What kind of translation quality control is there? None. Well, after you are accepted as a translator, you should submit the translation of the first 10 pages for approval by the author. The author, obviously, likely doesn't speak your language and will ask a friend native in the target language for an opinion. If the author is happy with the sample, the book is confirmed and it should be delivered within the deadline set by the translator... it could be years if they wish so.

    If the author cancels after confirmation, he/she should pay the translator a remedy of 500 USD. If the translator fails to deliver the translation by the deadline, an extension is possible. Failure to ultimately deliver will result in a negative feedback and being kicked off the platform, in the worst case.

    How do you pick a book for translation? You can browse books available for translation in a given language pair (e.g. English to Spanish, Spanish to Italian, Spanish to English etc.). you can browse by category but it is not easy to browse. Each book is posted with a profile describing the author, the synopsis, the length (word count), the sales performance, any social media profile or book website, plus links to selling platforms (such as amazon or Goodreads) and a paragraph to let the translator get a feel of the writing style. It is advisable to check if the book has been reviewed online to get a hang of its sales performance. If a book is not doing well in English, no reason it should be a best seller in Spanish.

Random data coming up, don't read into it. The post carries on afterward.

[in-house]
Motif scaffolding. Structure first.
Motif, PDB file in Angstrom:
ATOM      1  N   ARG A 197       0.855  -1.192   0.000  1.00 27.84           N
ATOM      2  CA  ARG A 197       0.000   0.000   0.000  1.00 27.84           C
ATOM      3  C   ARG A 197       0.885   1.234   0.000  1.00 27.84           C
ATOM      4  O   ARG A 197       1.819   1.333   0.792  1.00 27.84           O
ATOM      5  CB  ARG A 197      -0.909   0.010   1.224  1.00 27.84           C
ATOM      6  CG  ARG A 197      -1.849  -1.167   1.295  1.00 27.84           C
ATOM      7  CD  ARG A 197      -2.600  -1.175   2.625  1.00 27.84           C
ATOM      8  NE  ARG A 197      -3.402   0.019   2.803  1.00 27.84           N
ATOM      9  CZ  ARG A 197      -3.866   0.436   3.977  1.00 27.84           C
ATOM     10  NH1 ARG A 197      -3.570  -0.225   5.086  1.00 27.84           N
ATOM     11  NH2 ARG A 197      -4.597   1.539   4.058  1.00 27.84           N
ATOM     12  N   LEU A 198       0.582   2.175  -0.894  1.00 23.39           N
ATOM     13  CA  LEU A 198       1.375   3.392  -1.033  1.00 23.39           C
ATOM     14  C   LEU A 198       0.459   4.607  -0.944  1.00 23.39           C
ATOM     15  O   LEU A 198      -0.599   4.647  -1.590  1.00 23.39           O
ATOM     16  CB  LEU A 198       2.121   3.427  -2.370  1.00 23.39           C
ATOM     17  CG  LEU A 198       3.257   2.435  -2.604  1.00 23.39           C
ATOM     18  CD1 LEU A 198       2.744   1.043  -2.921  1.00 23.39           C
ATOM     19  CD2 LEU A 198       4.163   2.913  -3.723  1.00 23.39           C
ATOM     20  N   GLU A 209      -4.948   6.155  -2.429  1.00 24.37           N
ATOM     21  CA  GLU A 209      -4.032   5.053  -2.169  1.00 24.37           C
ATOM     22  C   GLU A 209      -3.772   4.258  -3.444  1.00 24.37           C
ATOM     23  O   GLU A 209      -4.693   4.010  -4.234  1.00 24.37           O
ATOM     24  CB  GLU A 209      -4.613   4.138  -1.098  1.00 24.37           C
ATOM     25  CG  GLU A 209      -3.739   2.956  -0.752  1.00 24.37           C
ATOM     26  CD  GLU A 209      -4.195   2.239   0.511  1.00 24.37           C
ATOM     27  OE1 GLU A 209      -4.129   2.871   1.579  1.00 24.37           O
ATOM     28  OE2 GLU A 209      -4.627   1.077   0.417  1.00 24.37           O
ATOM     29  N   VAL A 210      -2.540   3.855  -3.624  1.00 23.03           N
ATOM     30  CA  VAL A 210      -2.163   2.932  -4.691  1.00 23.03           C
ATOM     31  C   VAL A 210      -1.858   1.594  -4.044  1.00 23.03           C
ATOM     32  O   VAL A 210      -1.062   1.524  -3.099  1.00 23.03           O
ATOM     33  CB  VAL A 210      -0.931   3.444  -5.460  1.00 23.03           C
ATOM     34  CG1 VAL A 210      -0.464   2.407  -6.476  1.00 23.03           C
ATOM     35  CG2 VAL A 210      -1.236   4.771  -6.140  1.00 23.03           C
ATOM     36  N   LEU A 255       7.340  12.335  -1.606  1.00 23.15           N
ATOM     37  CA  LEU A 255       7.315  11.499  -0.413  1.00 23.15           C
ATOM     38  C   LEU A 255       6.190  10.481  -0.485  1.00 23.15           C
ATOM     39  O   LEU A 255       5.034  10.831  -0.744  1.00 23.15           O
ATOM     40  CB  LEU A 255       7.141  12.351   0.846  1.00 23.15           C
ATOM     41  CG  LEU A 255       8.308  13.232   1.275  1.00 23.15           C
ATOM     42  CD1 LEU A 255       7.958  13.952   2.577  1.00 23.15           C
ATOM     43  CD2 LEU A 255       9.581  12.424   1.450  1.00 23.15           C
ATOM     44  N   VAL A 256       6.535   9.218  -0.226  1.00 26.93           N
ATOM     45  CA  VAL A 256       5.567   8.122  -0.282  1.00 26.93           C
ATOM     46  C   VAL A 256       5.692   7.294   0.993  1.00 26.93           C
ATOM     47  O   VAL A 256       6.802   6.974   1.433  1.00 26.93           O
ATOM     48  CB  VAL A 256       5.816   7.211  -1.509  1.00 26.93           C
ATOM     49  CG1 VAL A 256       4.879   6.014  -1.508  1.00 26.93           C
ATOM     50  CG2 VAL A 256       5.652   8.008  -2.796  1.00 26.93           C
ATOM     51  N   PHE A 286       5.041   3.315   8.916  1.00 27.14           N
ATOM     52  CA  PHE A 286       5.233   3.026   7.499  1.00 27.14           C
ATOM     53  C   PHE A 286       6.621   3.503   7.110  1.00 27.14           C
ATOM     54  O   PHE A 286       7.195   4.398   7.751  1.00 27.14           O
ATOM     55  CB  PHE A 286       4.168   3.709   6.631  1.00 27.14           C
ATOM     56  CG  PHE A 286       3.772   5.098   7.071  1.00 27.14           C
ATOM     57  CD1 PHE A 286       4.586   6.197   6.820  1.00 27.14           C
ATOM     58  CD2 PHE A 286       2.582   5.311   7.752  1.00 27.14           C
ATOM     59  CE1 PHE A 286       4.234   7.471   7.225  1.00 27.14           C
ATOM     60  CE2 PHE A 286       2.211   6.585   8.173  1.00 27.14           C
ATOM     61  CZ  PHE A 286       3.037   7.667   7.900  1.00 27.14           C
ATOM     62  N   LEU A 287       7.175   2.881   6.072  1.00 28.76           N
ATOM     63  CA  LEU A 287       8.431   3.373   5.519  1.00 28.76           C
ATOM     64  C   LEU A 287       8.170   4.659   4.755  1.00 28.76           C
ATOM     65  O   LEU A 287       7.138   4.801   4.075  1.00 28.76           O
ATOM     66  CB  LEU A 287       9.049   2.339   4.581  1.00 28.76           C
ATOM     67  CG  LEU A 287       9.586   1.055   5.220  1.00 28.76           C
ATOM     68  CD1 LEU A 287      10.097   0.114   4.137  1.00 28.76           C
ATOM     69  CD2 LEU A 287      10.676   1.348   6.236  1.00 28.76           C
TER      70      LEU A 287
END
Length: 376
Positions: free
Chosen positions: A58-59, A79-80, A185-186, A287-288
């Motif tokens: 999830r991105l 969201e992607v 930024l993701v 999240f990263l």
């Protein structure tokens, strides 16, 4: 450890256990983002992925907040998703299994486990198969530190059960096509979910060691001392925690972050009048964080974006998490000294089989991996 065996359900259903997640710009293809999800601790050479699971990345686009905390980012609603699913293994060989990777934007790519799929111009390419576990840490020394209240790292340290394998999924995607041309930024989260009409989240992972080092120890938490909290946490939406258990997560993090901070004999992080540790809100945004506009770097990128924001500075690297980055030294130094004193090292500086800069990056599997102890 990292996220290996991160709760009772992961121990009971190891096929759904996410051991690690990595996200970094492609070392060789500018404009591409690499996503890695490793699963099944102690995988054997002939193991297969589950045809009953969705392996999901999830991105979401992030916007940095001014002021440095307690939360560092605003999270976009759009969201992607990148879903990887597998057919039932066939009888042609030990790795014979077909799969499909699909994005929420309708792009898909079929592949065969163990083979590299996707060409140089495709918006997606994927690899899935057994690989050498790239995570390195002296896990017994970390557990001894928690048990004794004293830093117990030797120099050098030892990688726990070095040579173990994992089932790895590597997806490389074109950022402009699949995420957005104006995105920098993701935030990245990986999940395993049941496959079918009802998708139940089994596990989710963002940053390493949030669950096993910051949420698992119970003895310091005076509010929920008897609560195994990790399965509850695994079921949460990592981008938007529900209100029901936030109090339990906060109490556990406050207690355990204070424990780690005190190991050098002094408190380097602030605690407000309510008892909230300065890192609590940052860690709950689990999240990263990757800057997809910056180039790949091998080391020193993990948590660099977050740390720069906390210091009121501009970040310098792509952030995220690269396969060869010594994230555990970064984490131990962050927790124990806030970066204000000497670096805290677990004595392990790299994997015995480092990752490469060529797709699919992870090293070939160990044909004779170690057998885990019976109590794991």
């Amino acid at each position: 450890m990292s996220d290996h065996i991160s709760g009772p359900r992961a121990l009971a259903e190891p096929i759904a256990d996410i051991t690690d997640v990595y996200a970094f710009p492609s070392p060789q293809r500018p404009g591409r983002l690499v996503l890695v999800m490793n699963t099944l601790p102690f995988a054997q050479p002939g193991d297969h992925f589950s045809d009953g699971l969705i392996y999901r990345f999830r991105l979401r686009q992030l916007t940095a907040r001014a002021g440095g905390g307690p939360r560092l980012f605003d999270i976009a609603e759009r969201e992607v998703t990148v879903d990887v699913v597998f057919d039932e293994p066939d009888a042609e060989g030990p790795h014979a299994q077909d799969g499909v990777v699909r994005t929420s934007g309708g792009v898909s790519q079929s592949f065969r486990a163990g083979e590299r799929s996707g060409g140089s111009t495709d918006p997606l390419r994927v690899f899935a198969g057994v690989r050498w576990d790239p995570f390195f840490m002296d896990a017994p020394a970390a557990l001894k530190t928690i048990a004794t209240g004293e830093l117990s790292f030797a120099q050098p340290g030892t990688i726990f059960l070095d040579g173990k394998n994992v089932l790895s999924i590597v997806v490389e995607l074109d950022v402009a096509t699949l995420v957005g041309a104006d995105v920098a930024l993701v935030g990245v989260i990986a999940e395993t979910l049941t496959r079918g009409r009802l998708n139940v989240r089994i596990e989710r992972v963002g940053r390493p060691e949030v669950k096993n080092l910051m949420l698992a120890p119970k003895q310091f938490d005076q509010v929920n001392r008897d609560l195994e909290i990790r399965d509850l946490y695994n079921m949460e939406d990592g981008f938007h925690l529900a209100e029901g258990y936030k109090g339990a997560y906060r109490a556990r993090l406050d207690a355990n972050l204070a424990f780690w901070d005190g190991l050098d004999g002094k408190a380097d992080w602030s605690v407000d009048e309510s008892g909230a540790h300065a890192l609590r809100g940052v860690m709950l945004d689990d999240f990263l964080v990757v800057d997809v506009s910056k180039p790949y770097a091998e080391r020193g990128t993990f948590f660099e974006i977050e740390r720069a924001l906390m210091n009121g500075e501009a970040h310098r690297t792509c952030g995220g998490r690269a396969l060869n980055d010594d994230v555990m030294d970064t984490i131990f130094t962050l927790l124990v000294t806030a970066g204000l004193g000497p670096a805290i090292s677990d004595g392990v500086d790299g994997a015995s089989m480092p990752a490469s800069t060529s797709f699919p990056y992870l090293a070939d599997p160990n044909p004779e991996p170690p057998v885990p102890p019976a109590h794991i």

Anyway, amazon does not divulges the stats on book sales (but you can check how it ranks) and the books may be on sale on other platforms such as the Apple Books store, kobo, etc. However, the author could also choose to promote their book by making it part of kindle unlimited, and at that point it won't generate any revenue.

    Now, most authors using Babelcube are self-publishing on amazon. This means there is no editor promoting their book, no proofreader fixing the mistakes, nobody giving them a feedback but the readers. The sample paragraph on the book profile is likely the first paragraph of the book, which is the one the author went over and over many times, so it is usually good. The translator's has to make a call based solely on that and some guessing on sales performance.